Not long ago, people regarded as exotic or subhuman were tossed into cages for the viewing pleasure of the American public. Such was the dreadful fate of Congo pygmy Ota Benga, who was displayed with monkeys at the Bronx Zoo in 1906. In Charles Duncombe's world-premiere drama, Caged, Megan Kim and R.J. Jones are naked, snatched-from-the-jungle "noble savages," who, confined in a cage stocked with toys, convincingly channel primitive angst, lethargically striding about, communicating and reacting with grunts and violent upsurges and hitting each other playfully. Extended commentary about the exhibit is provided by a keeper (Katrina Nelson) and an interviewer (Leah Harf), whose theories and statements of facts are a bladed mix of the outrageously comical and idiotic. But it's the cavalcade of spectators and their assorted hang-ups that provide the wallop of humor and irony here: a boy with his parents wanting to see tricks; a man meeting another man for a blowjob; several couples in distress, mirroring the plight of the captives; a lonely woman seeking affection; an elderly woman with a huge ax to grind. The contrasts and the heavy-handed subtext are striking -- and unsettling. Though not overly dramatic, Duncombe's smartly written script is delightfully provocative and insightful. Performances are sharply calibrated under Frederique Michel's direction.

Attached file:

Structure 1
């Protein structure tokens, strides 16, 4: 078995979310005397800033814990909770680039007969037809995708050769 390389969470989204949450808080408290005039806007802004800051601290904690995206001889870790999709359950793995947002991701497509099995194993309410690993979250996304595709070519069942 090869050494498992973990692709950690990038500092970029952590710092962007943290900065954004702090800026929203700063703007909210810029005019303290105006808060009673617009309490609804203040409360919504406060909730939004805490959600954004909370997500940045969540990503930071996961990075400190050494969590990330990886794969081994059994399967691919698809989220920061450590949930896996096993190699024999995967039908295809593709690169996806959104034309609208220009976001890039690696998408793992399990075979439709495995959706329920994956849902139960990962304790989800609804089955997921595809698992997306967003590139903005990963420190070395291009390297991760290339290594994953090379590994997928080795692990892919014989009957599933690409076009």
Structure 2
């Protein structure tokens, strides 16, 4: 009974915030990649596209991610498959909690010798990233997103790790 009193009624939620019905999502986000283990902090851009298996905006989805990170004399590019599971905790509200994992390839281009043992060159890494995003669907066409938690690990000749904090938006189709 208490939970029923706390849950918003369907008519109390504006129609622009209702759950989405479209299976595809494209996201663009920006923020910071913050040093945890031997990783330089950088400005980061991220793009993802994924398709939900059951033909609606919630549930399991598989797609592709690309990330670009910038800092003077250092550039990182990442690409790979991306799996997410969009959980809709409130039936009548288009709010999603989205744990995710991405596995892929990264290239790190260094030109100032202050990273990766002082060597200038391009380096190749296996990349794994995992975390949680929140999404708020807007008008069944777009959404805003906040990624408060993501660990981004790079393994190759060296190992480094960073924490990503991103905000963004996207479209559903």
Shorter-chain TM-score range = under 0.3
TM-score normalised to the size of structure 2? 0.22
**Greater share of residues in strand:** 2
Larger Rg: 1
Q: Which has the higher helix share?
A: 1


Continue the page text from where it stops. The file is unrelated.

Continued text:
Fridays, Saturdays, 8 p.m.; Sundays, 4 p.m. Starts: Feb. 15. Continues through March 24, 2013
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